We all have heard of those crazy diets, cleanses, and detoxes to make you lose weight. From the “Kate Middleton diet” to cayenne pepper mixed with lemon juice, we’ve seen it all. But what is the latest fad for weight loss in our generation? Skinny Bitch. I have AT LEAST 10 friends that have read it, two that are reading it now, and countless others that have it on their to do list. What makes it so intriguing? What about this book draws girls our age to it? I read it to see what the hype was all about, and I can see now why it is a growing cultural phenomenon.
The book starts out with an introduction that claims that Skinny Bitch is not a diet, fad, or advertisement. It states that what you are about to read is a reeducation, a way of life. Forget feeling bad about yourself and become reenergized with their new way of thinking. Time to “reclaim your mind and body.” Who in their right mind would put this book down now? The authors, Rory Freedman and Kim Barnouin, have a very direct, no BS approach to the reader. They know that most girls want to be “skinny” and strive to be their entire lives. It’s a desire, it’s a goal, it’s an accomplishment today.
Skinny Bitch continues to rant for pages upon pages about anything bad you could possibly consume and put into your body. Whether it’s simple a carbohydrates or diet soda, they list medical side effects and give you endless reasons to stop eating it. They are frank–which is what every unmotivated girl needs to hear, but do they go too far? Within the first 20 pages of the book, they use words such as “slob,” “pussy,” and “bloated fat-pig syndrome.” They even go as far as to say “you might be fat because you don’t poop enough.” I understand that everyone needs a push to get going, but I don’t need them to tear down and destroy my self-confidence!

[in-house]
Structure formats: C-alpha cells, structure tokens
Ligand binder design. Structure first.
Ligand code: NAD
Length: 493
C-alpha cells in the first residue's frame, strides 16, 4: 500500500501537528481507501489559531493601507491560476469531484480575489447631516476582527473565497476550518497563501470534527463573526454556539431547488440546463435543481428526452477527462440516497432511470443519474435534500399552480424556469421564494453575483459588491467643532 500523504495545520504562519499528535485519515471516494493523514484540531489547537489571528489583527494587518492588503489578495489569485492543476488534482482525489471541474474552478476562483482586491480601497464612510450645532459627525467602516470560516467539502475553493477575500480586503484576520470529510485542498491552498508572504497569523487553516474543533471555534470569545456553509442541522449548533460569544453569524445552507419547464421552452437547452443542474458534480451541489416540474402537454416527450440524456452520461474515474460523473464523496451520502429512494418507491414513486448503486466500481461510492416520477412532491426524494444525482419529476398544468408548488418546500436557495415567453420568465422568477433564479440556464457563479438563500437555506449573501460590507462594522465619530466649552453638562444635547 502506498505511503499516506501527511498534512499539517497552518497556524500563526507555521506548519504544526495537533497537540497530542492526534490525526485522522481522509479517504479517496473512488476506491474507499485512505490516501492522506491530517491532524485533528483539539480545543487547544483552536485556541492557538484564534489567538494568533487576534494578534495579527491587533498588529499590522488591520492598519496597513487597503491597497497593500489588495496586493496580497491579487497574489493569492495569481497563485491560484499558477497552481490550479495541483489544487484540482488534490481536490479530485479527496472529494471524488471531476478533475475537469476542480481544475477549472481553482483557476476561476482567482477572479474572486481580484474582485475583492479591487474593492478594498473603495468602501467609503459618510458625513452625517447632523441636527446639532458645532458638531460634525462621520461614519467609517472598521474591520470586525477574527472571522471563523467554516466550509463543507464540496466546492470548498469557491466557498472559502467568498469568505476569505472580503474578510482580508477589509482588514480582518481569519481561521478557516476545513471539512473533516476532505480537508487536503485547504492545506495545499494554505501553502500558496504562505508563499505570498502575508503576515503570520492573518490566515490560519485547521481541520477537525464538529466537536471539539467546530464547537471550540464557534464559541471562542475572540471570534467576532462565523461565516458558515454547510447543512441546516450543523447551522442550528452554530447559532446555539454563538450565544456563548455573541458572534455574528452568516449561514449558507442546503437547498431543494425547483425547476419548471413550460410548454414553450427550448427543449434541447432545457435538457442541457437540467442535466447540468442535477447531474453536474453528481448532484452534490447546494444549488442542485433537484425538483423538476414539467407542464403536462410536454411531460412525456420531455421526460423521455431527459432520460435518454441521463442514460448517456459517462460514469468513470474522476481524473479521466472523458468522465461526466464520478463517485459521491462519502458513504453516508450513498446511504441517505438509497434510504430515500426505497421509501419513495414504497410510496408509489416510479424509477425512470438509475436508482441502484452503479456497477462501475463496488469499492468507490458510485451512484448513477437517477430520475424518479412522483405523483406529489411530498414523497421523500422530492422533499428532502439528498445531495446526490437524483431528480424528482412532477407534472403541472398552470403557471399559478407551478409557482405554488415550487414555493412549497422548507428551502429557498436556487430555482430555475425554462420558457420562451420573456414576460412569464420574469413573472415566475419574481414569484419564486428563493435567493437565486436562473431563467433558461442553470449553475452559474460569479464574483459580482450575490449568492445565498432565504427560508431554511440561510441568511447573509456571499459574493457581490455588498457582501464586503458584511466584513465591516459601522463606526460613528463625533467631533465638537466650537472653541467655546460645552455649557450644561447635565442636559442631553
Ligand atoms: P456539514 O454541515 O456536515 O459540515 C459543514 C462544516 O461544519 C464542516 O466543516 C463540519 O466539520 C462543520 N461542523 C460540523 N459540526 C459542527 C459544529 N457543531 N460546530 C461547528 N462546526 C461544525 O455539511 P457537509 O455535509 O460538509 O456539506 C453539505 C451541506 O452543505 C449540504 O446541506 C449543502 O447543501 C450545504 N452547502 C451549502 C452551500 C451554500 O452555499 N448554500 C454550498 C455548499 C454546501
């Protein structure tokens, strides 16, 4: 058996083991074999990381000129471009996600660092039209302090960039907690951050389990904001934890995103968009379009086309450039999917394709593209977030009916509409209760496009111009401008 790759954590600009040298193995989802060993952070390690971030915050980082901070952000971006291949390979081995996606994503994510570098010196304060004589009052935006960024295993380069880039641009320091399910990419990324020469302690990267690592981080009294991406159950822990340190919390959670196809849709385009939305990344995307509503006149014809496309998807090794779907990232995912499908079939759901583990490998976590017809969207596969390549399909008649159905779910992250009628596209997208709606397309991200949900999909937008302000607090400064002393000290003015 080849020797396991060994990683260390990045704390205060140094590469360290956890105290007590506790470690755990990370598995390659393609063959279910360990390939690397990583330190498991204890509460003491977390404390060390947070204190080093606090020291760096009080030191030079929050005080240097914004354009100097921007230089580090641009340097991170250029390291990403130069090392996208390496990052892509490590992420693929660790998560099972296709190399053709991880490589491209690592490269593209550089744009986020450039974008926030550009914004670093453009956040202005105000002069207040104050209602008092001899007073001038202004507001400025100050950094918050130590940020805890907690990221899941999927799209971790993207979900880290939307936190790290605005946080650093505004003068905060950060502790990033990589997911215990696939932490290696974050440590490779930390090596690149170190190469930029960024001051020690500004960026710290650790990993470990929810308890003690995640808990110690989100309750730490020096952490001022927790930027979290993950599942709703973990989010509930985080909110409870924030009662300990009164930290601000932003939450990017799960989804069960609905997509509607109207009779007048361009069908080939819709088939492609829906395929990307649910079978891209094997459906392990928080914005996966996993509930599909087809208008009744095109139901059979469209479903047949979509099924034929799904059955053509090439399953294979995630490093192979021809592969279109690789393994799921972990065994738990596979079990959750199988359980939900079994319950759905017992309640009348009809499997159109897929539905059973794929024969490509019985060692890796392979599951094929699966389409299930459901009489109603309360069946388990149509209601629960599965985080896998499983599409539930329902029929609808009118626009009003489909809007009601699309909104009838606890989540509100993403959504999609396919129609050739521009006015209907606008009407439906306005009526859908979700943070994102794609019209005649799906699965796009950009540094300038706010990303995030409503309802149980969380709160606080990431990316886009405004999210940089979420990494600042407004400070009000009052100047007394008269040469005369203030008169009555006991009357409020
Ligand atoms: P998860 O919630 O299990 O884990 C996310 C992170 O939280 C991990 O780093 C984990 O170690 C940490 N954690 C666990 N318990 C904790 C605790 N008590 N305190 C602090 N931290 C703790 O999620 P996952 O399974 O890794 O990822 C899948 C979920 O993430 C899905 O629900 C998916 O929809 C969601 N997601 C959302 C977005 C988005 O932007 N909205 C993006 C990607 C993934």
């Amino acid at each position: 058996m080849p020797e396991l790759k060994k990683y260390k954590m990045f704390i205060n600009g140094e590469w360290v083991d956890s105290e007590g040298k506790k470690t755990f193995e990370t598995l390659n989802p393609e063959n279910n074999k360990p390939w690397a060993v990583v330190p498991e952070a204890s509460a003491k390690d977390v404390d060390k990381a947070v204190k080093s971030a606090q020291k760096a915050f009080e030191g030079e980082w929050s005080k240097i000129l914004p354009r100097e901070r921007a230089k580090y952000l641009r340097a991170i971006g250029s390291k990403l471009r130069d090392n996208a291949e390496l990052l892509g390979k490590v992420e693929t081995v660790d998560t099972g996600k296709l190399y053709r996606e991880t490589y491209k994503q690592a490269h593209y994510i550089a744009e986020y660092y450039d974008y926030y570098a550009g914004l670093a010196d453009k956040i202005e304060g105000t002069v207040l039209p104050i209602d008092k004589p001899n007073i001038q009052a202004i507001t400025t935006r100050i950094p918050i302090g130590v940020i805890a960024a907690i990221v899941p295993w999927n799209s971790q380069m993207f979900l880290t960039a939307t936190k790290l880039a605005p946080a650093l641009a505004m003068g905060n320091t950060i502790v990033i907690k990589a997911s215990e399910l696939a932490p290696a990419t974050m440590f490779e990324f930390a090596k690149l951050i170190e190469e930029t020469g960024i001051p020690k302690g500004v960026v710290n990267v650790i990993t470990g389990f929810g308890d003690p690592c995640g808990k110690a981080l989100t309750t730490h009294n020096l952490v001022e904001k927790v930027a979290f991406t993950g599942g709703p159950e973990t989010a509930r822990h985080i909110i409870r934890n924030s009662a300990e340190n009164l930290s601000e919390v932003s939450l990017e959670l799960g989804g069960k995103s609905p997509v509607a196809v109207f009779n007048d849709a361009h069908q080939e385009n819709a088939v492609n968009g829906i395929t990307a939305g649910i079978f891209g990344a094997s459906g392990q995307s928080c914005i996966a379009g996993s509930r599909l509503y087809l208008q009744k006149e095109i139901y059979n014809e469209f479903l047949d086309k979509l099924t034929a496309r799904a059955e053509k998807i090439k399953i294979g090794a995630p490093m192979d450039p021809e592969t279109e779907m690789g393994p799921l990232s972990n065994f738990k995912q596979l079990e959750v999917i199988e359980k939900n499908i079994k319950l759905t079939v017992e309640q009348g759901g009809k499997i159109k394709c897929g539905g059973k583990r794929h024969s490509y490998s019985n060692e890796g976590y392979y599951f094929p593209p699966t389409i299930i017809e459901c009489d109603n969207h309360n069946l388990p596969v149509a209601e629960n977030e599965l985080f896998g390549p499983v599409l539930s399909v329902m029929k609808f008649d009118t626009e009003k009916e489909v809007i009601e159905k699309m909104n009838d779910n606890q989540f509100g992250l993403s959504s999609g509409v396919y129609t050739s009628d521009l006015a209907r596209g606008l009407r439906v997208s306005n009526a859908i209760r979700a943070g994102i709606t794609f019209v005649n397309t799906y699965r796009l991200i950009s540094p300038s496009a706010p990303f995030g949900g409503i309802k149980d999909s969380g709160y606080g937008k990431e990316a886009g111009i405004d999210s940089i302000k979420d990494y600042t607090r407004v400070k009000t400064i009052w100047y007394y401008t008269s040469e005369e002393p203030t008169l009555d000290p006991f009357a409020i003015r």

While the authors may be giving the reader tough love, what they are feeding you does plant a seed in your mind that eventually starts to grow as you read on.
During the chapter focused on aspartame, an ingredient used in artificial sweeteners, the authors not only pointed out the 92 side effects that can occur after consuming it, but they also enlightened me on the process that made it legal for food manufacturers to add it to products. I’ll save you some time… it was made legal by overlooking its harm. The man that found aspartame declared it was harmful and dangerous–and he “knowingly misrepresented findings and concealed material facts and made false statements in aspartame safety tests.” After a long battle the FDA approved its use without restrictions in 1996. I don’t know about you, but that made me think twice about drinking diet soda… and I don’t even want to get started on the section where they talk about the meat industry. Let’s just say that when they mention where the animals that we get our meat from live, the words “feces,” and “festering wounds” are in the same sentence! No wonder vegans love this book!
However…disturbing these images may be, I understand now what message the authors tried to instill in me.
They want me to be healthy. They want me to fill my body with good, organic foods–not processed, chemically toxic products. They want me to think twice about what I put in my mouth, whether I learned it the hard way or not. My friend Mila, who convinced me to read Skinny Bitch says,
“It made me think about what I was consuming and how what I bought made me realize what type of consumer I was being. For example, buying eggs or anything with cheese in it supports an industry I’m really not OK with. Eating this way now makes me feel like a machine. I am more energized and feel positive about everything going on in my body.”
I couldn’t agree with her more. If you want tough love, entertainment, unsettling information about what you’re putting into your body, and a new perspective of becoming skinny, pick up a copy of Skinny Bitch (or Skinny Bitch in a Box) and see what the buzz is all about.